As deadly synthetic opioids poison communities nationwide, U.S. Senator Jack Reed joined state and law enforcement officials, and researchers at Brown’s School of Public Health, to discuss a coordinated response.
In an important step toward a medical technology that could help restore independence of people with paralysis, researchers find the investigational BrainGate neural interface system has low rates of associated adverse events.
A study in the New England Journal of Medicine showed that pharmacies can offer a safe and accessible treatment starting point for patients with opioid use disorder and keep them better engaged than usual care with a physician.
A renowned physicist who collaborated with researchers globally and mentored young scientists exploring physics careers, Narain spent 15 years on the Brown faculty and was the first woman to chair the physics department.
Researchers from Brown and MIT suggest how scientists can circumvent the need for massive data sets to forecast extreme events with the combination of an advanced machine learning system and sequential sampling techniques.
The new approach effectively delivered anti-cancer drugs across the blood-brain barrier in mice, increasing survival rates and informing a potential pathway for one day treating human patients with brain cancer.
The new agreement will create a unified, streamlined approach to administering health and medical research, positioning physicians and scientists to conduct more research to benefit patients and populations.
Team from MIT and Brown demonstrates the accuracy and safety of using magnetic sensors to track muscle length during movement, which could make it easier for people with amputations to control prosthetic limbs.
Every two years, a unique gathering connects patients and family members contending with an autism-like condition called Christianson syndrome with brain scientists working to develop therapies and solutions.
Brown University was celebrated as a key partner and life sciences leader by state, federal officials during a groundbreaking ceremony for a new public health lab building, which will also house University and commercial lab space.
Architects from Deborah Berke Partners and Ballinger will work together with Brown leaders and key stakeholders to design a hub for scientific collaboration and discovery in Providence’s Jewelry District.
A partner effort among Brown scholars, volunteers and Native American leaders, Stolen Relations has recovered thousands of Indigenous enslavement records, drawing attention to a topic rarely broached in school history lessons.
Suresh Venkatasubramanian served as a White House advisor for the nation’s first “Blueprint for an AI Bill of Rights,” helping to develop a guide to ethical practices in an era of data-driven technologies.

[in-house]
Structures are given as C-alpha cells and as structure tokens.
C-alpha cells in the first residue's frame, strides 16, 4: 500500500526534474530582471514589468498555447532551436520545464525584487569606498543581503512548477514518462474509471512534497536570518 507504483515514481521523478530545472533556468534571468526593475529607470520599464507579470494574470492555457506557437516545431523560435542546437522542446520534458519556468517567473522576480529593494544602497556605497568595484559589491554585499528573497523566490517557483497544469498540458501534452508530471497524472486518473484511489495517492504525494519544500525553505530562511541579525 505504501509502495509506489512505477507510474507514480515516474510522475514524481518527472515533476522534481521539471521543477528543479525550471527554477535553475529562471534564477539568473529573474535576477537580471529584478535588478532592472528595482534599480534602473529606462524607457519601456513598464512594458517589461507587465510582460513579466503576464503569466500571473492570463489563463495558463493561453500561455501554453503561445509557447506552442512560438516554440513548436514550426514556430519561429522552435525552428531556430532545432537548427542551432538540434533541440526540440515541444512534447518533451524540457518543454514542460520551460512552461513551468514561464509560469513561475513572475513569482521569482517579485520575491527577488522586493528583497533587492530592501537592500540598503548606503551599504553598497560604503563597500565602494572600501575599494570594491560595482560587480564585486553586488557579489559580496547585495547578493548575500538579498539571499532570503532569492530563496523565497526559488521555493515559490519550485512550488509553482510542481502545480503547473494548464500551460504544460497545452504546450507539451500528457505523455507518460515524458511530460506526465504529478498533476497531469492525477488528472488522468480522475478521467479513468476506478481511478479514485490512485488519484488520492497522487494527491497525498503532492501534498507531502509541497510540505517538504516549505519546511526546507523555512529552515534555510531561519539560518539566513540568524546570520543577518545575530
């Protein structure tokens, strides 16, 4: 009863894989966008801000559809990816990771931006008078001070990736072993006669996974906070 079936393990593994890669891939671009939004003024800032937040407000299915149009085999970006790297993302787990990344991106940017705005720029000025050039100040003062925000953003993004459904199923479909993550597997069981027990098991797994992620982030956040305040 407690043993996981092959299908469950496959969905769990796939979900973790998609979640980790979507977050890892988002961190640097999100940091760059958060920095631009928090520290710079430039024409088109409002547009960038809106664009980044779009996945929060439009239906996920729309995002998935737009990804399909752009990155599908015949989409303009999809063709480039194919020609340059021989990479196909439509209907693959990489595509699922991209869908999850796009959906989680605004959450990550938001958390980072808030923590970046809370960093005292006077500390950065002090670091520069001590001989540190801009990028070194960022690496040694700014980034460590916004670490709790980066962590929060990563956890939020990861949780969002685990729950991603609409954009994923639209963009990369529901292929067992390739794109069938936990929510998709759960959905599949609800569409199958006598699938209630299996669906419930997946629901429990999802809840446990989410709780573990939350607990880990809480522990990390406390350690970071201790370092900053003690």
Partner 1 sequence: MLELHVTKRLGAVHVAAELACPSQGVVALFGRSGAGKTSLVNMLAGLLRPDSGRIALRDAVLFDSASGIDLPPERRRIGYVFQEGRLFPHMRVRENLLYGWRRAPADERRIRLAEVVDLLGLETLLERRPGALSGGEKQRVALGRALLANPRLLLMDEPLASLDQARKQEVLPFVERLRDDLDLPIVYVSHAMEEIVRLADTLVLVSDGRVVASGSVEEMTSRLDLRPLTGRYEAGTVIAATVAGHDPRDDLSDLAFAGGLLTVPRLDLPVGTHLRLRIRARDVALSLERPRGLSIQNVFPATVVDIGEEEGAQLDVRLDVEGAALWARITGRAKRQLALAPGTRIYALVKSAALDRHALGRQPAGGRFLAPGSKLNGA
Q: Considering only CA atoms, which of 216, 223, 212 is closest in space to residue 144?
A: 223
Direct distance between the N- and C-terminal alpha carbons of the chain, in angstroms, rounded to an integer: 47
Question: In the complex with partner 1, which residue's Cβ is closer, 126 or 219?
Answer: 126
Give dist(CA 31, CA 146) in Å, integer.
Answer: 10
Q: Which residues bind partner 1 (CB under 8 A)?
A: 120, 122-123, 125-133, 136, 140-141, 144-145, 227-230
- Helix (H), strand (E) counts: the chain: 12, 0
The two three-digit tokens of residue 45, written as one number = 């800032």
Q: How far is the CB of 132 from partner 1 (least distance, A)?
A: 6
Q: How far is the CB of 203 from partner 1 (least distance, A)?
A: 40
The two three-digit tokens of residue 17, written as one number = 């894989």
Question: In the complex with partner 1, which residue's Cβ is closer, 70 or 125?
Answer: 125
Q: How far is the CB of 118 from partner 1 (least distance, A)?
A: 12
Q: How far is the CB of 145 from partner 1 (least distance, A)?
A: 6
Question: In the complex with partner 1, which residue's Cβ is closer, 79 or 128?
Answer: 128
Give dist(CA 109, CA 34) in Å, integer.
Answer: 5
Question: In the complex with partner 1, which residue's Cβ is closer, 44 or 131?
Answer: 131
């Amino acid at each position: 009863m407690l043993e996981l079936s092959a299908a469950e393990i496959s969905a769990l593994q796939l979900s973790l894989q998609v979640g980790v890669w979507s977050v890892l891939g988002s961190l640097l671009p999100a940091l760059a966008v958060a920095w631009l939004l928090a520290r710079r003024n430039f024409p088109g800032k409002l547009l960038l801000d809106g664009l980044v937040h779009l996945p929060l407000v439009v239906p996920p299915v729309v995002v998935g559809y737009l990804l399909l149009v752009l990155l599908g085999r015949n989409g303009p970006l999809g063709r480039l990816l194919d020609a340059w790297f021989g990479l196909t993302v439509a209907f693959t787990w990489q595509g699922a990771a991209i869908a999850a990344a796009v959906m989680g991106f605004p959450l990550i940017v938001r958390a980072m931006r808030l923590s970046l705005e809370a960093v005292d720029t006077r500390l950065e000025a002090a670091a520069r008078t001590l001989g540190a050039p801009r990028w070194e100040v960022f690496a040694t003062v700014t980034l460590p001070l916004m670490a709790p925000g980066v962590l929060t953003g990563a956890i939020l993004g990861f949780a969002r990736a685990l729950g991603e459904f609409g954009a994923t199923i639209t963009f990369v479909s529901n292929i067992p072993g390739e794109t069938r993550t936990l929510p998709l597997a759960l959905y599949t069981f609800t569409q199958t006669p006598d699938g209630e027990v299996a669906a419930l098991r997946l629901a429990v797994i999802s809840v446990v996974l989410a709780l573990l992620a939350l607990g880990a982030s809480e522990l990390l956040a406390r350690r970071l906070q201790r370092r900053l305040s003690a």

The federal government selected four algorithms to serve as standards for public key security in the pending era of quantum computers, three of which are based on technology devised by a team of Brown experts.
A team led by a Brown biologist discovered that the same specialized brain area that helps songbirds learn their songs also exists in woodpeckers, suggesting that the communicative drumming evolved in a similar way.
From U.S. News and World Report to Forbes, prominent rankings in the last year gave the University high marks for its distinctive student experience, world-class teaching and research, and inclusive environment.
In a finding that could inform therapeutic targets for Alzheimer’s and Parkinson’s disease, a team of Brown University neuroscientists reports on a mechanism of degeneration for the locus coeruleus region of the brain.
A research team including Brown University faculty and students created a superconducting diode without a magnetic field in multi-layer graphene, a development that could form the basis for future “lossless” electronics.
The study is an example of how brain imaging technology — in this case developed by researchers at Brown University — can be adapted to advance knowledge of brain processes and prompt new questions about behavior.
After surveying thousands of Americans on the COVID-19 vaccine, climate change and other contested issues, scholars found a correlation between how much people think they know and deviation from scientific consensus.
The projects, which address problems ranging from mental health to food security to the impact on K-12 education, will receive $643,029 in research support from a new Peter G. Peterson Foundation fund.
As communities confront the persistent presence of chemical pollutants, Joseph Braun, an associate professor of epidemiology, discusses new research findings and what individuals can do to decrease their exposure.
A partnership with local harm reduction organizations and Rhode Island Hospital’s toxicology lab aims to decrease overdose deaths by revealing the amount of fentanyl and other unknown substances in the local drug supply.
The 50-year home to Africana studies at Brown, Churchill House will undergo an expansion to make room for new faculty, give graduate students more space, and create new opportunities for one of America’s oldest Black theaters.
Research led by staff from Brown’s Policy Lab found that perceptions of others’ behavior predict intentions to get vaccinated, raising implications and questions around public health policy and intervention strategies.
The lab of George Karniadakis, professor of applied mathematics and engineering, leads the charge of developing physics-informed neural networks to diagnose and predict the severity of arterial aneurysms.